Biofilm is a great food source for a tiny mite called Demodex. This small creature lives along your eyelashes and causes itching, irritation and generalized discomfort. By removing the accumulation of biofilm, you are removing this tiny pest´s food source. See pictures below

Demodex is a tiny mite that lives along the eyelid in those with heavy biofilm | Centers for dry eye

Demodex is a tiny mite that lives along the eyelid in those with heavy biofilm. It can cause itching, redness, irritation and discomfort.

Biofilm food source utilizing | Centers for dry eye

This is a Demodex living along an eyelash. The only way to successfully get rid of this pest is to remove it´s biofilm food source utilizing a BlephEx treatment.

Demodex is not removed | Centers for dry eye

If the Demodex is not removed, it can eventually lead to eyelids that look like this.

Why Me?

If you experience blepharitis and/or dry eye disease, at this point, you may be wondering "why me?" The fact is, the Staph bacteria that cause this disease come in many different varieties or strains and some are simply more aggressive than others and cause earlier, or more advanced disease. Risk factors include the following.

The specific type of bacteria present
Contact lens wear

By the time we have blepharitis symptoms, the biofilms have advanced significantly throughout the eyelid. They colonize the vital meibomian glands that produce the oily lubrication for our eyes, and the lacrimal glands that produce the aqueous lubrication, both of which make up the protective tear film that stops our eyes from drying out. This is the key reason why we get blepharitis and why we get dry eye disease.

Centers for Dry Eye

Two Hour Personal Consultation

Are dry eye symptoms impacting your ability to perform daily tasks and enjoying your life in comfort? If you are facing day after day of uncomfortable, gritty dryness, come to Centers for Dry Eye for a comprehensive two-hour education and consultation session with our eye specialists. We offer initial meetings with no physician referral as well as accept physician-referred consultations. During the appointment, we will assess your dry eye condition and provide educational information to help you better understand the cause of your dry eye symptoms.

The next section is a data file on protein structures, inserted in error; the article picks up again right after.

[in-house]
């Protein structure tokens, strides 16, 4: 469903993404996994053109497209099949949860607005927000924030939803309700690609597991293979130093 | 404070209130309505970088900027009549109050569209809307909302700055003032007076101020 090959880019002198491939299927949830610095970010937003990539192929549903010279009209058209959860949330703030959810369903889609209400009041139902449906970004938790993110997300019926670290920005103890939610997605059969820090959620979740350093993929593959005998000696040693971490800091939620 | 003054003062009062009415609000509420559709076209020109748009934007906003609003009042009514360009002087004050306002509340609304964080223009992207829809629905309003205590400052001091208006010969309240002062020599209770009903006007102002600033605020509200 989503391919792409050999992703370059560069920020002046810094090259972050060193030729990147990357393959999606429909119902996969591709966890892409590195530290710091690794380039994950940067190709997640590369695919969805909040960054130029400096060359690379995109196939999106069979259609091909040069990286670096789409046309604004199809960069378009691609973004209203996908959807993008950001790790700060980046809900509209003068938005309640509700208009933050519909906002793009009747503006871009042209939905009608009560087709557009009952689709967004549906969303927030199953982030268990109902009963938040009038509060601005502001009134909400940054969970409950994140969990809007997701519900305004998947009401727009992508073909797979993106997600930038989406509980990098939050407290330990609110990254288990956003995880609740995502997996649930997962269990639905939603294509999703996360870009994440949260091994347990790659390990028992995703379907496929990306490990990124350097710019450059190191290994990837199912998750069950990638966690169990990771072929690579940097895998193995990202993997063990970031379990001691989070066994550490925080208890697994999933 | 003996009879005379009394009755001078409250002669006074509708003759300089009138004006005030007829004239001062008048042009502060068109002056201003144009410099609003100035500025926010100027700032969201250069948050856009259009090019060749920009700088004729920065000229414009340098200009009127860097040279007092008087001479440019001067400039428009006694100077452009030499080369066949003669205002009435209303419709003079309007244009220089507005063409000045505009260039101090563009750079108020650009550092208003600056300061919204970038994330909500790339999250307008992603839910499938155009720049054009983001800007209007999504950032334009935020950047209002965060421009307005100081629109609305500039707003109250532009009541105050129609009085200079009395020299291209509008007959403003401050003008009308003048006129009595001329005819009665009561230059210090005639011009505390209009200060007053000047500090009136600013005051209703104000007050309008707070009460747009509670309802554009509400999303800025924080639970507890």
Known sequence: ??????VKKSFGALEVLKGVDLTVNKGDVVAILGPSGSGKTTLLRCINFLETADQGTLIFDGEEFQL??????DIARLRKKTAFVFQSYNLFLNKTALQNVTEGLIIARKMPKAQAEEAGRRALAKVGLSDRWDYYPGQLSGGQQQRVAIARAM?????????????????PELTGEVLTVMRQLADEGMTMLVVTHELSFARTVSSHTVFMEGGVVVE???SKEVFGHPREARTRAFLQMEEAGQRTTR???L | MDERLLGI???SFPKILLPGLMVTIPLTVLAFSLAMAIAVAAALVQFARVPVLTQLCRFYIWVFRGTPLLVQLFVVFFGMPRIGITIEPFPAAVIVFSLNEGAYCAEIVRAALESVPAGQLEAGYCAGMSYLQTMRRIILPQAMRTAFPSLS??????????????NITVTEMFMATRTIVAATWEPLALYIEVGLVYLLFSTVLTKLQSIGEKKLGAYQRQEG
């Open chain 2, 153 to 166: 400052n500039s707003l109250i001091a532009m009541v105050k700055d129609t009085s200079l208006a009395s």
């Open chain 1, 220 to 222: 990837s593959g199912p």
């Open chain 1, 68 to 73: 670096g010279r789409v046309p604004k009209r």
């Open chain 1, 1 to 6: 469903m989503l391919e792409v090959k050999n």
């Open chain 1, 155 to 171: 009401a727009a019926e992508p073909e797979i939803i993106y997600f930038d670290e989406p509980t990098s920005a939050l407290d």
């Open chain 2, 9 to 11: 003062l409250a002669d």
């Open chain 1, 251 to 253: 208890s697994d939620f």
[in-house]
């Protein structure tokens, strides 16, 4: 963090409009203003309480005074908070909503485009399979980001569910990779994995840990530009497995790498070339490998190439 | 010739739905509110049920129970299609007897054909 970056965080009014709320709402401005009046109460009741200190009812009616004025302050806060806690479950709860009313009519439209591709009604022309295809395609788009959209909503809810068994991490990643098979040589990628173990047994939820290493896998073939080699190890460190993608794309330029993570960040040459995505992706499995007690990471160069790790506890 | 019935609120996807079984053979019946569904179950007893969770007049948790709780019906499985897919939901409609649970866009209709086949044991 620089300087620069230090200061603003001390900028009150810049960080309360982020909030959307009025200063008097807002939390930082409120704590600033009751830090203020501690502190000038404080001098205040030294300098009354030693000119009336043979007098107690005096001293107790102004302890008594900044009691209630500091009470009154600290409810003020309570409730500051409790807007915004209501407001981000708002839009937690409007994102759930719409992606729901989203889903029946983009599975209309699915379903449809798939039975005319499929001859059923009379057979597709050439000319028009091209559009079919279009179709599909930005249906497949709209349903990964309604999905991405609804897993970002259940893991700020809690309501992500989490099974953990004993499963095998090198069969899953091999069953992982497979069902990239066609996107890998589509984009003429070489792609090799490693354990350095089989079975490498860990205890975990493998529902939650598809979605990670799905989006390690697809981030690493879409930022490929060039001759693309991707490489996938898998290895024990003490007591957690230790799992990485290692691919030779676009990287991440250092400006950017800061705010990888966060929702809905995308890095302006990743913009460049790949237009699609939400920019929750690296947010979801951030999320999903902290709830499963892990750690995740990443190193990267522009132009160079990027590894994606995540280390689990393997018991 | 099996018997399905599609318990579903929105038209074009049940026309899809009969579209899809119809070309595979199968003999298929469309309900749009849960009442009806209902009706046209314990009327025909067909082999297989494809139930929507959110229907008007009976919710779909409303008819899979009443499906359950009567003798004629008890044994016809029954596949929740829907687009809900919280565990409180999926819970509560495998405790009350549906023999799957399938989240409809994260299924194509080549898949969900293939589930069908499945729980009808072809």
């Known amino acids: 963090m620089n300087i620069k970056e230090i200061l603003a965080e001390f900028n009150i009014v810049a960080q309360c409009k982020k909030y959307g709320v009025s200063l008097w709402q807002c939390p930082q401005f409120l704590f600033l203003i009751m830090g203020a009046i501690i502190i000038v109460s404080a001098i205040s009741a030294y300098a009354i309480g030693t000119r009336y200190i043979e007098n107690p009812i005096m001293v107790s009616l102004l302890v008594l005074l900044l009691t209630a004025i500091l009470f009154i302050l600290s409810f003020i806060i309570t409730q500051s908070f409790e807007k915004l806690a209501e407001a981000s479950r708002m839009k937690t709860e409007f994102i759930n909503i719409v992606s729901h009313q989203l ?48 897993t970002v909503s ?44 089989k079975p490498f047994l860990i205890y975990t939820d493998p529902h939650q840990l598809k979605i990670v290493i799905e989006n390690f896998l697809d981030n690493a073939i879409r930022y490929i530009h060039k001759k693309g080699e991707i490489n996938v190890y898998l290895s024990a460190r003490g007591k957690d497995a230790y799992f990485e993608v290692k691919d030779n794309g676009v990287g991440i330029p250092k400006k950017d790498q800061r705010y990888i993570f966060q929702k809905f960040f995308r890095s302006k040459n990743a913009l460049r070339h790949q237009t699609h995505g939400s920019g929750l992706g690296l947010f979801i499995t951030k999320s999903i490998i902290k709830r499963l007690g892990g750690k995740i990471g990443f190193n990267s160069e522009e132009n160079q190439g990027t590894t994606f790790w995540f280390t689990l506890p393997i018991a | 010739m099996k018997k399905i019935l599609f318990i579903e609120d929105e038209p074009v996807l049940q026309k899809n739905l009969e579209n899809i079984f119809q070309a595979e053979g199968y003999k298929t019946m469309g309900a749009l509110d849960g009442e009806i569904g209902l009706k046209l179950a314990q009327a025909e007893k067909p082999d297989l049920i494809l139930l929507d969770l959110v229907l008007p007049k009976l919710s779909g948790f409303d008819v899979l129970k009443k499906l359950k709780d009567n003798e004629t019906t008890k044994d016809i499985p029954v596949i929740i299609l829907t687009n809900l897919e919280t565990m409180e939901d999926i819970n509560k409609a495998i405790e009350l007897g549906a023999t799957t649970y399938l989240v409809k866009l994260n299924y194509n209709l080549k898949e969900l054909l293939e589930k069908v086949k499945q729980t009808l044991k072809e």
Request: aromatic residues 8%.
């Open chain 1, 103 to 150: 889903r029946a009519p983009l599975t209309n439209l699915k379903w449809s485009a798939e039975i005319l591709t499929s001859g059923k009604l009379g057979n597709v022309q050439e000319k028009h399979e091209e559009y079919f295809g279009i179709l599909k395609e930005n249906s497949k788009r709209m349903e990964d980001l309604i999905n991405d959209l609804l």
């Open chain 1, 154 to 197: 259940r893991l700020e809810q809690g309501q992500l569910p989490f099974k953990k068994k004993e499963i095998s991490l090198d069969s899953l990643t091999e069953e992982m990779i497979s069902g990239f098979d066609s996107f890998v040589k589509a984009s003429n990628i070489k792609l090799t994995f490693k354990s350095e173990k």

Depending on the degree of your inflammation, we will be able to recommend the best course of action, and develop a long-term treatment plan that will help you finally get the relief you deserve, and prevent your symptoms from progressing further.


Get Your Initial Consultation At No Cost

At Centers for Dry Eye, we care about the health of your eyes. Thats why we provide a 35-minute video for our patients on the causes of dry eye, and the best ways to alleviate uncomfortable symptoms

Watch the entire video in one sitting, and you will get your initial consultation for free! Read the details on our contact page for more information.

Our Reviews

My first appointment was last week. I have suffered with eyelid inflammation for years. Dr. Rynerson took my issue seriously and seems committed to solving my problem. After just one treatment I dont feel like I want to scratch my eyes all the time! Evaluation and first treatment the same day meant I was immediately on the track to wellness. I recommend this center for anyone suffering seasonally or year-round.

Christy LynnApril 6, 2021


Eberhardt M, Guhan Rammohan. Blepharitis. Published February 16, 2019.

Rynerson J, Perry H. DEBS - a unification theory for dry eye and blepharitis. Clinical Ophthalmology. 2016;Volume 10:2455-2467. doi:10.2147/opth.s114674!po=75.0000

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317 Seven Springs Way, #104, Brentwood, TN 37027
(615) 637-9393